The Nerazzurri earning a courageous 1-1 draw in the second leg against a yawning Manchester City – too big was the gap between the Citizens and their Group C contenders – seemed only good for the Bergamaschi to tally their first Champions League point ever.

But now? How do you explain now, how do you logically explain that Atalanta have raised from their ashes to wrap a late qualification with 2 wins in a row and only 7 points – while last edition Semi Finalist Ajax, to name one, lost the train to the knockout stage despite collecting 10 in Group H.

The quality of the opposition, of course. But don’t tell Gian Piero Gasperini that this was an easy group, as he prepared to overcome the last hurdle without three of his key players – defender Rafael Toloi and forwards Josip Ilicic and Duvan Zapata. Don’t tell this man who, for a moment tonight, must have come back with memory to that day when he had seemingly wasted his ticket to the big show.

It was the summer of 2011 when Gian Piero Gasperini was appointed head coach of Inter, his first career opportunity to manage an international club, only to be hastily given the boot after just five (pretty dismal, if truth be told) league games. The Piedmontese coach thus fell back into football averageness, taking charge of Palermo first, then Genoa, before landing in Bergamo in 2016 to lead the Bergamaschi to two Europa League participations in a row. And now, this.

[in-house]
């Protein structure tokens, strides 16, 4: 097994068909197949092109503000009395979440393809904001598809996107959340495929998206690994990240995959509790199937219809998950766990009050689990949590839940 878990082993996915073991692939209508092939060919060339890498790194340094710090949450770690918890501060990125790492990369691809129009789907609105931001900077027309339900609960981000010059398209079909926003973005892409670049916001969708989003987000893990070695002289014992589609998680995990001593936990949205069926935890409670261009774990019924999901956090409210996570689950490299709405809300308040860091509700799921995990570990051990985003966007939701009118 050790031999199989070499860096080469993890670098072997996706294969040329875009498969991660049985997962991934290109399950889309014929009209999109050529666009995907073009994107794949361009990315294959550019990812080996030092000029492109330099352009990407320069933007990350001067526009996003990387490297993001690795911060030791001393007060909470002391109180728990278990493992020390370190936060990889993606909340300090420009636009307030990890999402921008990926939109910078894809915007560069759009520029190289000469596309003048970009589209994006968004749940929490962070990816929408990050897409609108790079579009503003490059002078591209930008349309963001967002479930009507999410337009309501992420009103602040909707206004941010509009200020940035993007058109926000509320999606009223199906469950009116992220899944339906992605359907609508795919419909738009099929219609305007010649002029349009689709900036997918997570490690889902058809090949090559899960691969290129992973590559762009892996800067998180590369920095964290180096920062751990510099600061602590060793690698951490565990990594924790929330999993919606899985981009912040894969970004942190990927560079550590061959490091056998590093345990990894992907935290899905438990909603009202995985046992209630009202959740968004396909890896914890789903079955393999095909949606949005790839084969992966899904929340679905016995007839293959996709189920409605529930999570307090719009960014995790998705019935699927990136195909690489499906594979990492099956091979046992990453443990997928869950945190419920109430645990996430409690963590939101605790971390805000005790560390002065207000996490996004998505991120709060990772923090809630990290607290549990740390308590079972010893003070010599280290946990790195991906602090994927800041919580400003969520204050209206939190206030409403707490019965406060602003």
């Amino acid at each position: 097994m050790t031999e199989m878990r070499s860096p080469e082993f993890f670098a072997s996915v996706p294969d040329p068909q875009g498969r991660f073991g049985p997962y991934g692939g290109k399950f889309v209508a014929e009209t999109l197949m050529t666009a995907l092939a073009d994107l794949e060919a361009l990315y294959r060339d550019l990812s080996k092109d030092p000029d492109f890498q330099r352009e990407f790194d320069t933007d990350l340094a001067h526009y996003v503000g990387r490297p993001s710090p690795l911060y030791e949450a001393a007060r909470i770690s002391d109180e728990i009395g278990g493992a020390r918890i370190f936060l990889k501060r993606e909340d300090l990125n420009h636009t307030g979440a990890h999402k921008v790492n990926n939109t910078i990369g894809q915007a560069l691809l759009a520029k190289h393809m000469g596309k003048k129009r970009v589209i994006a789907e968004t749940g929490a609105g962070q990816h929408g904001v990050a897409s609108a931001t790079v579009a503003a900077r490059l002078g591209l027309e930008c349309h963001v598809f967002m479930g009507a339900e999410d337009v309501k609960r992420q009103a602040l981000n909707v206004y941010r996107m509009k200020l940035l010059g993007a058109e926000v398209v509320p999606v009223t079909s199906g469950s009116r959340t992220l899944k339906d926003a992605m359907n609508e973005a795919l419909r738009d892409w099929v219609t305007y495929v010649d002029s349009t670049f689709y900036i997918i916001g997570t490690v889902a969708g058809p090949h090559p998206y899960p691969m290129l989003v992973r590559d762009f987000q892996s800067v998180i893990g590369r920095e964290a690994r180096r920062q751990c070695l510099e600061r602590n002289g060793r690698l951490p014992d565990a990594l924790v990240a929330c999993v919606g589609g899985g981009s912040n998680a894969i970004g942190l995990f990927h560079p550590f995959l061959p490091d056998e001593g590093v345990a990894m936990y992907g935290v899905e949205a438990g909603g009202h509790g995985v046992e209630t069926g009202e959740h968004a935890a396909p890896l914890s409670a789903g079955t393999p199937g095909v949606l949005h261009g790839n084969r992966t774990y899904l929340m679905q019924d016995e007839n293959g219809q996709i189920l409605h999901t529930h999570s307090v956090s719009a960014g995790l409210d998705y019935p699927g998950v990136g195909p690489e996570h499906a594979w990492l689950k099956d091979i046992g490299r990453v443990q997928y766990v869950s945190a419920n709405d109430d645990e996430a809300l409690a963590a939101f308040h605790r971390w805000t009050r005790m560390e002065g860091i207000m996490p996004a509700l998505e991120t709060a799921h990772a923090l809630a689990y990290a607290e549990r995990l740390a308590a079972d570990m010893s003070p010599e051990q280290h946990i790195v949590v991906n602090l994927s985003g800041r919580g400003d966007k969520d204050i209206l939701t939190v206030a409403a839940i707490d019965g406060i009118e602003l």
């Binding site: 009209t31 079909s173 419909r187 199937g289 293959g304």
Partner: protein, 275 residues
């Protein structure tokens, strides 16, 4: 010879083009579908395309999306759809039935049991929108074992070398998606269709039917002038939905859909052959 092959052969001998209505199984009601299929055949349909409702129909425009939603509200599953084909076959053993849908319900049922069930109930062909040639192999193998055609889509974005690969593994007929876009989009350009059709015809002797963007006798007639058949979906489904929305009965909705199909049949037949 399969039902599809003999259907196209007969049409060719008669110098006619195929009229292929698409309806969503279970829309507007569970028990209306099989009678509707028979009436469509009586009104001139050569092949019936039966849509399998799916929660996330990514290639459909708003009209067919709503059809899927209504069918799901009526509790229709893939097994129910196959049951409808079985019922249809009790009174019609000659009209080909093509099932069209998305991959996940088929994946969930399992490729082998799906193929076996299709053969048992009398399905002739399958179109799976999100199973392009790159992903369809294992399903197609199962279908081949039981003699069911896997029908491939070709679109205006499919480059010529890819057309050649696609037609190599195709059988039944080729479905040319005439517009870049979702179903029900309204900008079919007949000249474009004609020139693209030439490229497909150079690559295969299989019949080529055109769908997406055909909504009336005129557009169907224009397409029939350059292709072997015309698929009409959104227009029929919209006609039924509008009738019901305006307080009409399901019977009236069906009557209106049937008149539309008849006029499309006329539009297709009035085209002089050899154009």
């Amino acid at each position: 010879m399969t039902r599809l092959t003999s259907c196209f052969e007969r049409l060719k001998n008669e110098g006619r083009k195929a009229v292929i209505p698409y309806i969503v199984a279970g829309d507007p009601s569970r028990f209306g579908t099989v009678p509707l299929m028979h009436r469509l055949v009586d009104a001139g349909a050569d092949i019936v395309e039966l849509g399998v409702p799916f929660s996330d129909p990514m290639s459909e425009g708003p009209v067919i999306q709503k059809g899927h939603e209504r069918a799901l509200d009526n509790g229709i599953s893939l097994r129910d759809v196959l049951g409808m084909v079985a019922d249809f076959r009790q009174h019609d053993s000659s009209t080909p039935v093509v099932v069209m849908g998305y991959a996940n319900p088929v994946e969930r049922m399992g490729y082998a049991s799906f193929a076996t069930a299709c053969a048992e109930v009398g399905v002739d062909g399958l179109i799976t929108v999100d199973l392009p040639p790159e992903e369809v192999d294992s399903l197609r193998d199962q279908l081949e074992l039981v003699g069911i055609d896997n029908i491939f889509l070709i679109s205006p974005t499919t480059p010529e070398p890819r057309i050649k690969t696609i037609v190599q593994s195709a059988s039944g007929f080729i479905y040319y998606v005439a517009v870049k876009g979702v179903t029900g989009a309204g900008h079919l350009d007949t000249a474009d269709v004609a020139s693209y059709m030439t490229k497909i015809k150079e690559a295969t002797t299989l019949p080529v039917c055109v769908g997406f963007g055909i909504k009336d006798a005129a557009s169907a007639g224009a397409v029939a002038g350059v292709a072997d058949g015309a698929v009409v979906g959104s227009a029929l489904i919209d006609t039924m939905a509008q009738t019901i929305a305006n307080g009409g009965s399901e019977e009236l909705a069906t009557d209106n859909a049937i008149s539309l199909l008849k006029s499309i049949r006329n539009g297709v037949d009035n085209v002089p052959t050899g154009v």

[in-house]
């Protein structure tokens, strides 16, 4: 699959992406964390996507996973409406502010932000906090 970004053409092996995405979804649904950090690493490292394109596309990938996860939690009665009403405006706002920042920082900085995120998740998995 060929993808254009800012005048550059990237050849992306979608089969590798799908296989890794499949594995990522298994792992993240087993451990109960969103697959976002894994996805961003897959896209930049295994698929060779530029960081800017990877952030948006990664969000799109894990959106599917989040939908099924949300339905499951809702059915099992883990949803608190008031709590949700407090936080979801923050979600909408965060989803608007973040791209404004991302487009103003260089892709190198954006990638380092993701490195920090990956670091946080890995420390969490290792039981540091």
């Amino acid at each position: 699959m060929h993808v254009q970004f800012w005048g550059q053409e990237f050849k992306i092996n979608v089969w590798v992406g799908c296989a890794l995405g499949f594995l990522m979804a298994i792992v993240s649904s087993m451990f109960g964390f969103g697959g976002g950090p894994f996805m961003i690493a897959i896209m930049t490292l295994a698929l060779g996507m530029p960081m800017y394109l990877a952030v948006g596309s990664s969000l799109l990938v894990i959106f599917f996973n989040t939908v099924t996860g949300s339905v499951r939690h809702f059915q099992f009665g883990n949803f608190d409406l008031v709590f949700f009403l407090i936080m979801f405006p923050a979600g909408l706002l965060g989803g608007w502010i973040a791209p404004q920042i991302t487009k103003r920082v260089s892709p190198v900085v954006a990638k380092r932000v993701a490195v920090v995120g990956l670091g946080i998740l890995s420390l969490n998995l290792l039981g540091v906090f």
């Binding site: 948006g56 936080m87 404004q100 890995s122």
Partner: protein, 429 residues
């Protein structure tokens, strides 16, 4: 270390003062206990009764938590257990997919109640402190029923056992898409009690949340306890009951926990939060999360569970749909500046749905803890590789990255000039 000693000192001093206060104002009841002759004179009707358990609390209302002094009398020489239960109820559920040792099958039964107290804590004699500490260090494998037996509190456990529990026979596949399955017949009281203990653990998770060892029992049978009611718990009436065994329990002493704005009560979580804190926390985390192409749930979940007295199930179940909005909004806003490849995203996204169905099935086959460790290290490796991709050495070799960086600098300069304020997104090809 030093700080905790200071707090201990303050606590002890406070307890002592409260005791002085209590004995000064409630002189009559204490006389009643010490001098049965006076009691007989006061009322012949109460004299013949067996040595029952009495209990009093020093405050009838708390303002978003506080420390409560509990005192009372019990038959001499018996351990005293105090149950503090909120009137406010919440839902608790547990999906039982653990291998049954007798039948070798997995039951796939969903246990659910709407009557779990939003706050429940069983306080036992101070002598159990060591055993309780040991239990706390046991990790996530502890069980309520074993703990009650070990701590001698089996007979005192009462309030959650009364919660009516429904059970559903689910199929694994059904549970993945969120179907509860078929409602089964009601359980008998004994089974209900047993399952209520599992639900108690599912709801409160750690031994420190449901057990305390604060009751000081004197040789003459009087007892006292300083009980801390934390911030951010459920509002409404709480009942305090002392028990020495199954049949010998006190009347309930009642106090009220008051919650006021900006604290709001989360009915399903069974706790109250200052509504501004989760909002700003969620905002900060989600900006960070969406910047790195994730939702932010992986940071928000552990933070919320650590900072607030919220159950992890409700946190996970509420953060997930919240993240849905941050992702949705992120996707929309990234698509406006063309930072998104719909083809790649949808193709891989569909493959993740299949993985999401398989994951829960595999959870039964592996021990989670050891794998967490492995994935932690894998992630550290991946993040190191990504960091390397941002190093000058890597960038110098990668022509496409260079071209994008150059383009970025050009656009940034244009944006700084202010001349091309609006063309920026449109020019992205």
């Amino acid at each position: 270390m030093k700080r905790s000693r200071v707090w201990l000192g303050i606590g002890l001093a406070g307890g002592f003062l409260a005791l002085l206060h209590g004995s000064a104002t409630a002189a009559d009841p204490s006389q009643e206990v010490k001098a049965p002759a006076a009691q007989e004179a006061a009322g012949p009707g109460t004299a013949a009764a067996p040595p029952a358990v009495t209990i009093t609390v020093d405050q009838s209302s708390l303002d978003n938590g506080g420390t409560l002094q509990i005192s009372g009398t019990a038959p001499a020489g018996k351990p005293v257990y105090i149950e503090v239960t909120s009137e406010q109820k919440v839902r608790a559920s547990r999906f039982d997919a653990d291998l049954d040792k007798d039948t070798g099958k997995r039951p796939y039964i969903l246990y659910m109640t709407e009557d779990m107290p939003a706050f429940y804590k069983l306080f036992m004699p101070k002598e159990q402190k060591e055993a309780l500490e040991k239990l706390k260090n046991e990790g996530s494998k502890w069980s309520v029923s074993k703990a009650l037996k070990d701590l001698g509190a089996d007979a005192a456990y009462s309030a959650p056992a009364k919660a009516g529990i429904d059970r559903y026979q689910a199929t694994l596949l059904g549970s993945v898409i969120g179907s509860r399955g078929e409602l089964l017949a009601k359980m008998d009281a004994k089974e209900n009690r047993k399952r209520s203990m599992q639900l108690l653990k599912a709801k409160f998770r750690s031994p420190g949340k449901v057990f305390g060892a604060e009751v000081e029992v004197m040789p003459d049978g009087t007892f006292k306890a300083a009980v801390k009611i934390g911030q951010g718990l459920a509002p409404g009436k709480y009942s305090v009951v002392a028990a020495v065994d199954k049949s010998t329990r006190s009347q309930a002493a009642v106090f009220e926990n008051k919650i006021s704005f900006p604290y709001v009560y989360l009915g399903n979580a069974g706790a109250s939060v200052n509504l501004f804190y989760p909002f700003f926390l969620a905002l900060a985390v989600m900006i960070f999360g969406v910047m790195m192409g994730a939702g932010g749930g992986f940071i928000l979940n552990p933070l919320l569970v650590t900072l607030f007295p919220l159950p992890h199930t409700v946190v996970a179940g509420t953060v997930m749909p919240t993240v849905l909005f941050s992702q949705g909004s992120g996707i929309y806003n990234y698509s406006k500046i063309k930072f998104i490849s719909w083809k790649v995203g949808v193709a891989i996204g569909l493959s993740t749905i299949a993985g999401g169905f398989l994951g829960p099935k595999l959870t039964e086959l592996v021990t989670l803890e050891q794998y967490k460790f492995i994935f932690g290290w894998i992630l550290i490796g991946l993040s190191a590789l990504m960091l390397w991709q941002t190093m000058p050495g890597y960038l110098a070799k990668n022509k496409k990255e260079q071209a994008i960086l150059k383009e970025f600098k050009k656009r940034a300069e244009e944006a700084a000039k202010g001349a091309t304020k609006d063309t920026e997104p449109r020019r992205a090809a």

The Bergamaschi’s miracle has a first name and a last name: Gian Piero Gasperini, the coach who raised them up to the Serie A third place heights, two Europa League qualifications…and now THIS!

The trending joke among Italian football fans as the Atalanta miracle unfolded was that, as expected, there is going to be a Nerazzurri (black-and-blue) squad in the Champions League Round of 16, but it will not be Antonio Conte’s more famous one. It will be the lesser known Nerazzurri from Bergamo and their Inter-repudiated coach Gian Piero Gasperini, who perhaps was dreaming for the day he would take part to the European football Sweet Sixteen, but surely was expecting it to happen while in charge of Inter and not of the Regina delle Provinciali (“Queen-of-small-town-clubs,” as Atalanta are known in Italy)